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Emperor Napoleon Bonaparte (15 August 1769 – 5 May 1821) was a general of the French Revolution; the ruler of France as First Consul (Premier Consul) of the French Republic from 11 November 1799 to 18 May 1804; then Emperor of the French (Empereur des Français) and King of Italy under the name Napoleon I from 18 May 1804 to 6 April 1814; and briefly restored as Emperor from March 20 to June 22 of 1815.
Although Napoleon himself developed few military innovations, apart from the divisional squares employed in Egypt and the placement of artillery into batteries, he used the best tactics from a variety of sources, and the modernized French army, as reformed under the various revolutionary governments, to score some major victories. His campaigns are studied at military academies all over the world and he is generally regarded as one of the greatest commanders to have ever lived. Over the course of little more than a decade, he fought virtually every European power and acquired control of most of the western and central mainland of Europe by conquest or alliance until his disastrous invasion of Russia in 1812, followed by defeat at the Battle of Leipzig in October 1813, which led to his abdication several months later and his exile to the island of Elba. He staged a comeback known as the Hundred Days (les Cent Jours), but was again defeated decisively at the Battle of Waterloo in present day Belgium on June 18, 1815, followed shortly afterwards by his surrender to the British and his exile to the island of Saint Helena, where he died six years later.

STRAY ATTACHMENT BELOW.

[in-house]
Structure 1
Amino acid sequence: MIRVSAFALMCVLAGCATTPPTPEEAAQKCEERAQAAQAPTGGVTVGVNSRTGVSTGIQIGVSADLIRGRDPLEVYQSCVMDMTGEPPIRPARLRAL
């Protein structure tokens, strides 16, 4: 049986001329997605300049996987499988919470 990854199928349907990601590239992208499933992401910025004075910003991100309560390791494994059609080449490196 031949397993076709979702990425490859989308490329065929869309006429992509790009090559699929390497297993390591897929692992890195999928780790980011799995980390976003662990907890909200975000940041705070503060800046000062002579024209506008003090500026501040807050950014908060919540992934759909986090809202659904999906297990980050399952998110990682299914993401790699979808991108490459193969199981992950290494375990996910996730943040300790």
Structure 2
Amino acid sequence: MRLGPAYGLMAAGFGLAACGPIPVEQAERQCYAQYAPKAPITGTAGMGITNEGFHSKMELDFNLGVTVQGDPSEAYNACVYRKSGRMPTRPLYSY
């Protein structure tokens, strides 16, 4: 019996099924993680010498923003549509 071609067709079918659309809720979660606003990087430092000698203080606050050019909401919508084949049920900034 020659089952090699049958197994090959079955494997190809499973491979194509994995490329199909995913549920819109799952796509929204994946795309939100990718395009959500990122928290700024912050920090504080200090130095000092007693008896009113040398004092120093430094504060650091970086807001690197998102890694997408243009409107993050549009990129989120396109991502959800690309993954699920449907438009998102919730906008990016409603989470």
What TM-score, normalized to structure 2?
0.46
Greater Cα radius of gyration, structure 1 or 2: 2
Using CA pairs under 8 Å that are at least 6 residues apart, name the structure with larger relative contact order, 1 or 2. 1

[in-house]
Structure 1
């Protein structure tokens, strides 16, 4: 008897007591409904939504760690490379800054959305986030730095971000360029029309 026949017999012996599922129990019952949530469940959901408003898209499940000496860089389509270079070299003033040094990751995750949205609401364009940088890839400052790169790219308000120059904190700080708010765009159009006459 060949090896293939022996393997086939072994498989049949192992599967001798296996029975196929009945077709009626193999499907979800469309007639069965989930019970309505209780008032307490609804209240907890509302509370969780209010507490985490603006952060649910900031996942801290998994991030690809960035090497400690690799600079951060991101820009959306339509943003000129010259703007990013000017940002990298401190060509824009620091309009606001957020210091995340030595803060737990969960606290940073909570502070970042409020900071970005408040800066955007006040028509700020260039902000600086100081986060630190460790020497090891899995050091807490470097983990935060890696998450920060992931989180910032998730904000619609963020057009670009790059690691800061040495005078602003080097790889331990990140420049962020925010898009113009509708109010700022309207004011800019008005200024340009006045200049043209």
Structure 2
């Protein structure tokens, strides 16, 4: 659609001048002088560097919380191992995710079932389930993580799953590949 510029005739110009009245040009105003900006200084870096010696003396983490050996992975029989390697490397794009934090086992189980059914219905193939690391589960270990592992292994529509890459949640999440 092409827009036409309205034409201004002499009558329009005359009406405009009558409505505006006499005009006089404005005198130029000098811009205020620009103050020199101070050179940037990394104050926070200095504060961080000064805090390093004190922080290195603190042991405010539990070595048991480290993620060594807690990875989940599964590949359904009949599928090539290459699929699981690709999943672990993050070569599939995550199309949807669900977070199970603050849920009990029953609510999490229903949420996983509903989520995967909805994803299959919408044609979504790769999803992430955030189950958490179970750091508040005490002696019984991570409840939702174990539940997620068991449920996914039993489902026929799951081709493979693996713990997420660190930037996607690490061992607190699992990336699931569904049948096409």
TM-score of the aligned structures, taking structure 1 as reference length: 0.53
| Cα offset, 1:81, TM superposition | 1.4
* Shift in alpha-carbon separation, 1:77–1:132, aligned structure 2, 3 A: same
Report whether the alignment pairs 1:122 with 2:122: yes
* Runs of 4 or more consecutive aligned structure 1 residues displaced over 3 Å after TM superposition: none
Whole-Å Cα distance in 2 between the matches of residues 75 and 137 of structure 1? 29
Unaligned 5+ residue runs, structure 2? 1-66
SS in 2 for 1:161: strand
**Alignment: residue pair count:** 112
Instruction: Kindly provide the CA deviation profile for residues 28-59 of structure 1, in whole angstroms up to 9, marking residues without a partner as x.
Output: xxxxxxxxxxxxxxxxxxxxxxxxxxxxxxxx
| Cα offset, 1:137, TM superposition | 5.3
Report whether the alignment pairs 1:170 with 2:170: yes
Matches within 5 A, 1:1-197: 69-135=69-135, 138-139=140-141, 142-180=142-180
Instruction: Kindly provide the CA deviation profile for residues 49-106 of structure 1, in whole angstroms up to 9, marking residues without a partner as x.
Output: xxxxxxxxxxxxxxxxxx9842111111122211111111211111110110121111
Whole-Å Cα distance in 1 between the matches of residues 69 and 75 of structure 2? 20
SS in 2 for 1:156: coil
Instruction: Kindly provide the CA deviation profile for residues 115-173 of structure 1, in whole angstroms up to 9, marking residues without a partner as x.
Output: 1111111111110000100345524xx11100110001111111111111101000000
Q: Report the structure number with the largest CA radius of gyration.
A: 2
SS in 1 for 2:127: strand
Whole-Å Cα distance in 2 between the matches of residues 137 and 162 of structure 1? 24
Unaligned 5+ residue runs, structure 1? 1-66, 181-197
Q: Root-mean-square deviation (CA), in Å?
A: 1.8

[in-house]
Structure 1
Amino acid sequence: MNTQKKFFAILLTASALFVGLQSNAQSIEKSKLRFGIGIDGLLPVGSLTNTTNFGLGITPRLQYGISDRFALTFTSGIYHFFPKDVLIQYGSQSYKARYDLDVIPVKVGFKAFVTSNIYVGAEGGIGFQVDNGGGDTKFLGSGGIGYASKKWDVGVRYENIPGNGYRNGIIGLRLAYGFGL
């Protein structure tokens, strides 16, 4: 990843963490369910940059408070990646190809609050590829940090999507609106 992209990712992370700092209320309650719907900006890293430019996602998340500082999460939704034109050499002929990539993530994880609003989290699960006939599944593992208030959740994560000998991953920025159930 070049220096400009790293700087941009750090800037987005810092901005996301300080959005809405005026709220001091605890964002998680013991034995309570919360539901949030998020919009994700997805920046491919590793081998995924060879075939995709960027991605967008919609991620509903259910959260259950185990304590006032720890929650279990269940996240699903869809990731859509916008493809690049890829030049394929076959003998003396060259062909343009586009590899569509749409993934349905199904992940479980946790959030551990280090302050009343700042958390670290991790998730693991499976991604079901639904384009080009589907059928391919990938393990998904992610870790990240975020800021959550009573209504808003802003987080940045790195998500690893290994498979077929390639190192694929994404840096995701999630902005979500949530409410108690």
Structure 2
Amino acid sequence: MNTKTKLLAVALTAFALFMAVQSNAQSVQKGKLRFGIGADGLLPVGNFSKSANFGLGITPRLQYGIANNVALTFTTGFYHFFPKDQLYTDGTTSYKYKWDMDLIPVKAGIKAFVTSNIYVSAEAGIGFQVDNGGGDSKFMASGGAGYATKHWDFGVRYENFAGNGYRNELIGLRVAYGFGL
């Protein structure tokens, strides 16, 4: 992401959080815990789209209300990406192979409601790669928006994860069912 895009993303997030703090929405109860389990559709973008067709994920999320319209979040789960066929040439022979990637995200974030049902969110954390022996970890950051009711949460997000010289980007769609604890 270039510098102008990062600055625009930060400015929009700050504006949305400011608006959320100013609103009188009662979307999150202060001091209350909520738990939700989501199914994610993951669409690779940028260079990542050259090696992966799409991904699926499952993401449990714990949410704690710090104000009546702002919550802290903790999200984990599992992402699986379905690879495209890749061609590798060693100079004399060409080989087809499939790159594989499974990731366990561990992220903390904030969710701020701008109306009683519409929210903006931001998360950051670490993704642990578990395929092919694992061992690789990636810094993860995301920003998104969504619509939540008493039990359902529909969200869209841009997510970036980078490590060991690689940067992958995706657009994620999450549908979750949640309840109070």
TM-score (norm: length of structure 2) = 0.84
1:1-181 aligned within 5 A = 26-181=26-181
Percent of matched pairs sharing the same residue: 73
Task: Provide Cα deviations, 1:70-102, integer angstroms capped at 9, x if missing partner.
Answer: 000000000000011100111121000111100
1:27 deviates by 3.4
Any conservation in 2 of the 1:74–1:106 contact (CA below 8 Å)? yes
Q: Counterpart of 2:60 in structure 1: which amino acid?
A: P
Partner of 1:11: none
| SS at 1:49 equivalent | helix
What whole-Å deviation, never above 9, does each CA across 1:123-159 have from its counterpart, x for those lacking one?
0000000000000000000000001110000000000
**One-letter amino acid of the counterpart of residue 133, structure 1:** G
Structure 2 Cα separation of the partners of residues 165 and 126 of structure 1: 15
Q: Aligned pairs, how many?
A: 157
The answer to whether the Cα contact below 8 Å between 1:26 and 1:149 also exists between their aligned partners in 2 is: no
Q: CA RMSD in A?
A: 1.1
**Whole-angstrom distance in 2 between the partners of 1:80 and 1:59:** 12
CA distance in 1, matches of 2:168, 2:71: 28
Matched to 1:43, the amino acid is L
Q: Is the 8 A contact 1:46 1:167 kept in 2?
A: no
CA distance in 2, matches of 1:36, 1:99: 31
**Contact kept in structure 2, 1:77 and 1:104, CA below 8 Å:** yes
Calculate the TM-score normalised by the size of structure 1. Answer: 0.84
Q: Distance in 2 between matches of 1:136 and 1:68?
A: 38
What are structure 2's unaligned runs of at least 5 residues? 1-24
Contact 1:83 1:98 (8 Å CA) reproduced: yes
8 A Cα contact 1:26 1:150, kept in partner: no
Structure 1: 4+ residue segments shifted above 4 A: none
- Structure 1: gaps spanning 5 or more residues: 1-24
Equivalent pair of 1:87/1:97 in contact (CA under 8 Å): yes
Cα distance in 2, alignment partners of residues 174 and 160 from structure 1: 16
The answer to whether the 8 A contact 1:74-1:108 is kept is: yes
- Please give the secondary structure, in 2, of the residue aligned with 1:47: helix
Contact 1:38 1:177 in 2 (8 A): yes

Aside from his military achievements, Napoleon is also remembered for the establishment of the Napoleonic Code. He is considered by some to have been one of the "enlightened despots".
Napoleon appointed several members of the Bonaparte family and close friends of his as monarchs of countries he conquered and as important government figures (his brother Lucien became France's Minister of Finance). Although their reigns did not survive his downfall, a nephew, Napoleon III, ruled France later in the nineteenth century.
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